Like all social media sites, Instagram – which is owned by Facebook –faces many challenges in maintaining the safety of individuals by maintaining rules on how they deal with issues like harassment, intellectual property, and copyright.

Instagram and Content Regulation

Instagram had become a hit social media app during the time of its release with it’s innovative photo sharing social media setup. It has since been bought by Facebook, another giant in the technology industry. Since then, Instagram has risen to become one of the major faces of mainstream social media. However, this also makes it dangerous because with more users, it also becomes more susceptible to generally inappropriate content. In this article, we will go through basic guidelines according to what Instagram does and does not tolerate.

Instagram’s Rules on Harassment

If an account on Instagram is ever created with the intent of harassing another user on the platform or if a photo or comment is intended to bully or harass someone, Instagram advises users to report it. Because Instagram is owned by Facebook both platforms share the same criteria in regards to what they classify as harassment

  • Repeated contact with someone in a manner that is unwanted or sexually harassing or directed at a large number of individuals
  • Targeting anyone maliciously by making statements with intent to bully or harass
  • Calling for self-injury or suicide of a specific person, or group of people
  • Attacks through derogatory terms related to sexual activity
  • Posting content about a violent tragedy, or victims of violent tragedies
  • Acting/pretending to be a victim of an event
  • Threatening to release an individual’s private phone number, residential address, or email address
  • Creating Pages or Groups that are dedicated to attacking individuals

Instagram Combats Harassment

Instagram added two new tools to combat harassment and bullying on the platform. The platform automatically hides comments that look like they might constitute bullying even if they aren’t obvious and sends a new warning message for users whose comments are repeatedly flagged as toxic.

Instagram CEO Adam Mosseri has said that the platform is taking steps to “better support the black community” and will review how it recommends content and deals with harassment and verification and laid out key areas where Instagram has heard complaints from black users about bias.

Inappropriate Images

Some users may want content removed off of Instagram if the posts contain inappropriate imagery. Instagram clearly indicates that it does not permit users to post images of nudity. However, this rule does come with some exceptions such as images of mothers “actively breastfeeding”, “post-mastectomy scarring”, and “nudity in photos of paintings and sculptures”. Otherwise, Instagram can remove content that displays nudity and users can also report the content for it to be removed.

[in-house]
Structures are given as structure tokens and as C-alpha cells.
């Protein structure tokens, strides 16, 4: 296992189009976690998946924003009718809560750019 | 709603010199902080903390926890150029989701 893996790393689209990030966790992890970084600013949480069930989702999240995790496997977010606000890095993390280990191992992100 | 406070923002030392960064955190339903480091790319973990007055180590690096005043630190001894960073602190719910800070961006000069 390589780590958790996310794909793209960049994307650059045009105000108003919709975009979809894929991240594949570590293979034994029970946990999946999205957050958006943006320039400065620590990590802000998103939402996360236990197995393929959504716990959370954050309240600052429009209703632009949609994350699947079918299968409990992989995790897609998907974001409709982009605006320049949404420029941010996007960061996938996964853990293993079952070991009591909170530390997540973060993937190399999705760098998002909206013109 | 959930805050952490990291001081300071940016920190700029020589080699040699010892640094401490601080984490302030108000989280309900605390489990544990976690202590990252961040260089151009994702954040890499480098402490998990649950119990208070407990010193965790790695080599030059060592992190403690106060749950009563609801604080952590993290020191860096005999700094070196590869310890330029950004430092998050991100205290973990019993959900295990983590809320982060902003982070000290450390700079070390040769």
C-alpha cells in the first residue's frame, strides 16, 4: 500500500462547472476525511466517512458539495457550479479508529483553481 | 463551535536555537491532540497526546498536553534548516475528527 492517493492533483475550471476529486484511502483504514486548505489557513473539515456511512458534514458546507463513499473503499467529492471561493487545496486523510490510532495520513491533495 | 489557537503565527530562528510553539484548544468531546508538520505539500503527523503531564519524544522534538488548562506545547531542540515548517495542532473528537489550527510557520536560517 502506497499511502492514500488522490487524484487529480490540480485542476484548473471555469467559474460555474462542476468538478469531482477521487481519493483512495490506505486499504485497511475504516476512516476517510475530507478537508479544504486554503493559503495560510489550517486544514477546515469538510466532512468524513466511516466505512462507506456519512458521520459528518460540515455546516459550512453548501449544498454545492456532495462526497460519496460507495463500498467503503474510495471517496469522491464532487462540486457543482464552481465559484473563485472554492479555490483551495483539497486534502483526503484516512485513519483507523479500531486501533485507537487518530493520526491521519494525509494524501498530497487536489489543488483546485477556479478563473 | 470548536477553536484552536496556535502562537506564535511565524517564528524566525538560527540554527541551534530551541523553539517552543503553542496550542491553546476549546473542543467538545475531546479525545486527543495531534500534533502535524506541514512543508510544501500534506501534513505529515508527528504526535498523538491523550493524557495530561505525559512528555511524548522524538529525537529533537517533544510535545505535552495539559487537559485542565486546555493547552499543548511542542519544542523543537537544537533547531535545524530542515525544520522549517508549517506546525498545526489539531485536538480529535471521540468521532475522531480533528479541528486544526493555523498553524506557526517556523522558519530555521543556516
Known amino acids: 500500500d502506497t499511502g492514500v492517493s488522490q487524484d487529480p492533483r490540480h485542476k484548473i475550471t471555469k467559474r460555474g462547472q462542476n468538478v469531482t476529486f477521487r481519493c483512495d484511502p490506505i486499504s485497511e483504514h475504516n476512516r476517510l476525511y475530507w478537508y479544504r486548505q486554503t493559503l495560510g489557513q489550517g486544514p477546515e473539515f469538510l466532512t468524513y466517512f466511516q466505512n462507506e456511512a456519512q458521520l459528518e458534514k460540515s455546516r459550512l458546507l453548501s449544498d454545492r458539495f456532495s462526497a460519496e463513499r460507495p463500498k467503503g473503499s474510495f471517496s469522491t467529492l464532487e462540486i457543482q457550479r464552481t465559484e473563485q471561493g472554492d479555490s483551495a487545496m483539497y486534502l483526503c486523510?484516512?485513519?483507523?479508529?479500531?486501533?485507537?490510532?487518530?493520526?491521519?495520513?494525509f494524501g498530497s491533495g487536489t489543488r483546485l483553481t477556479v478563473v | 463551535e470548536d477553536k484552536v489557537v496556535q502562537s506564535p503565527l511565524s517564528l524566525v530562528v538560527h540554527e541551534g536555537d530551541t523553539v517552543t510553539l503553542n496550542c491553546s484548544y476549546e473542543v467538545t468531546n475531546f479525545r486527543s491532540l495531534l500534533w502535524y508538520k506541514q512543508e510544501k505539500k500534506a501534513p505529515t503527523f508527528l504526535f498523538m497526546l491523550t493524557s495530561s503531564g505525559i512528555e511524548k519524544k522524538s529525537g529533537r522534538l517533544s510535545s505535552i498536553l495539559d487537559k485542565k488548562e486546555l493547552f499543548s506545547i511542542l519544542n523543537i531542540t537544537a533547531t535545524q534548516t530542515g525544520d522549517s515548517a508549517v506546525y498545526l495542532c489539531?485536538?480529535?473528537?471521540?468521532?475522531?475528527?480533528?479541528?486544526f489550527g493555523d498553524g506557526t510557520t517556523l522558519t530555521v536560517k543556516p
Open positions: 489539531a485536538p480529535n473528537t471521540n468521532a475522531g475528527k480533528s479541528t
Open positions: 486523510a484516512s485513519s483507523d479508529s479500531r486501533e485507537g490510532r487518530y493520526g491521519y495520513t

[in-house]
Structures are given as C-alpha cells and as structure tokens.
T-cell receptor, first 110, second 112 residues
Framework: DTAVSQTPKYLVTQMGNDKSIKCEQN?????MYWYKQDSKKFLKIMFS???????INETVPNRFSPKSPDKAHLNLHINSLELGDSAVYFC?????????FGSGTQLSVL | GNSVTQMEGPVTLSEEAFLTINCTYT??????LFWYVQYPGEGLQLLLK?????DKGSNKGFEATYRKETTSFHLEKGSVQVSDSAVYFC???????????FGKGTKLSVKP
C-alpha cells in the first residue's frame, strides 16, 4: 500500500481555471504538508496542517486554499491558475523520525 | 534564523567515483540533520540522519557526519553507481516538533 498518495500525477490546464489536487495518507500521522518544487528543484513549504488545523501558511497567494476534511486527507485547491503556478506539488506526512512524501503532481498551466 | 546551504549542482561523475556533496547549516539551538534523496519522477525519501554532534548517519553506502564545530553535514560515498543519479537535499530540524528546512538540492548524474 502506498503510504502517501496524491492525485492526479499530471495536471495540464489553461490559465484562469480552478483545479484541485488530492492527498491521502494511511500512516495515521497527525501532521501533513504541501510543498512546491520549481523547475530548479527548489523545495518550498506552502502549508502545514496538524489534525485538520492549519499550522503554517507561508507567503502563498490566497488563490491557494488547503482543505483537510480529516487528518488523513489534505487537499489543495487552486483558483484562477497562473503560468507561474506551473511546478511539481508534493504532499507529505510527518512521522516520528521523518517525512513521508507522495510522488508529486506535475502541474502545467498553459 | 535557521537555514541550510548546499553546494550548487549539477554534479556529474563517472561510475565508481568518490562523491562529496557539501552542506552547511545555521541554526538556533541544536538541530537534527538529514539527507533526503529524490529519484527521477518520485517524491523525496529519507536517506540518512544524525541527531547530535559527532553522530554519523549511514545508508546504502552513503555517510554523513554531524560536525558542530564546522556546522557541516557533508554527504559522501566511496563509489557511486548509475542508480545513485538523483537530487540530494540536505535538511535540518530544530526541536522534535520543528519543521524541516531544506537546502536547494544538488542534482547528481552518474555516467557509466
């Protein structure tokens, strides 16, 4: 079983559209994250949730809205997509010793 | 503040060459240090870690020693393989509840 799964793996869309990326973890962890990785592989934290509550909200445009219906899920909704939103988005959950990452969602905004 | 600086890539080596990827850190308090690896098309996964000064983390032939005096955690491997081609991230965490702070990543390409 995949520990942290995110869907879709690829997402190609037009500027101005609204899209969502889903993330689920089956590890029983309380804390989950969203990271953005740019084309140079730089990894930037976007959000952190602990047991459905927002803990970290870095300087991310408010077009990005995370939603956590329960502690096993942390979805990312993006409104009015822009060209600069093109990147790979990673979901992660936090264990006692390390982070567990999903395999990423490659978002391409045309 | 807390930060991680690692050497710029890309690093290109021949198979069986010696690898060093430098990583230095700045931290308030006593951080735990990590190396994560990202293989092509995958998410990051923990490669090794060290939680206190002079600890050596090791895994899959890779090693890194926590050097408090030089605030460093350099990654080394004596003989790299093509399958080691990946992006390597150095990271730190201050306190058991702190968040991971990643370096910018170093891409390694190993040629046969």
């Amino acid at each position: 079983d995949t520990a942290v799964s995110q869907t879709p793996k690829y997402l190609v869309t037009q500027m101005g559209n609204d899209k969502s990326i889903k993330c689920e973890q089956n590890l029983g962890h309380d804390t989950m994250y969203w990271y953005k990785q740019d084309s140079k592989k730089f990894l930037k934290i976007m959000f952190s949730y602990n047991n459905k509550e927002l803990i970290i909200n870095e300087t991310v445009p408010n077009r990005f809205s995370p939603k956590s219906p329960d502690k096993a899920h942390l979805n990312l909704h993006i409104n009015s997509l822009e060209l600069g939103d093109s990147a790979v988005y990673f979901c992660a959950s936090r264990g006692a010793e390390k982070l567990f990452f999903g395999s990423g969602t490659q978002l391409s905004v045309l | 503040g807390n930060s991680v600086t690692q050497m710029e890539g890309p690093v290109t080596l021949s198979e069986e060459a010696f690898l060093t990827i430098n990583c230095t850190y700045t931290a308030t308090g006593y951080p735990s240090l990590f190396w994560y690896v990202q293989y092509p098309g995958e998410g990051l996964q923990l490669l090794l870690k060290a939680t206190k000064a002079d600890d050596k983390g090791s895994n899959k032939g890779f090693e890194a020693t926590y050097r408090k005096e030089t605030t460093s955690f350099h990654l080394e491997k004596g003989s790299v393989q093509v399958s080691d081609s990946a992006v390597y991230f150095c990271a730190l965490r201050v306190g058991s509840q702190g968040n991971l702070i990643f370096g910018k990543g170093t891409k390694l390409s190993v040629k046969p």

Spam

Spam, the act of repeatedly bombarding online users with unwanted information, is another common activity on social media platforms and Instagram is not exempt from this. Thus, users may want activity that resembles spam content to be removed. Luckily, Instagram indicates that it does not allow for spam content to be on Instagram posts. Instagram defines this type of content as any posts that create or submit “unwanted email, comments, likes, or other forms of commercial or harassing information.”

Violence and criminal activity

It is also very likely that users could create posts on Instagram’s platform to incite or promote violence and criminal activity. Since this could negatively affect the general public, users will want this type of content removed and monitored. Instagram highlights that in general, it does not allow illegal activity to be posted and promoted on its platform. This includes “praise of terrorism”, “organized hate crime or hate groups”, “sexual services”, and “selling firearms and drugs”.

Cyberbullying

With the rise of the age of the Internet, cyberbullying, the act of using the anonymity of the Internet to express hateful language to other users, has become a serious social issue. This is another form of hurtful content that users may potentially want removed from the app. Instagram claims that it will “remove credible threats of violence, hate speech, and the targeting of private individuals.” More specifically, this also includes any forms of attack and abuse based on racial identity, ethnicity, national origin, sex, gender, gender identity, sexual orientation, religion, disability, and disease.

Self-injury and graphic content

Instagram assures users that it does not allow content relating to self-injury and graphic violence. Unless the content is attempting to raise awareness on self-injury issues, Instagram does not allow posts of self-injury which includes eating disorders. To keep the social media platform appropriate for all users and to prevent serious trauma from seeing graphic and violent content, any content that is seriously graphic and violent is prohibited in the app.

Instagram’s Copyright Policy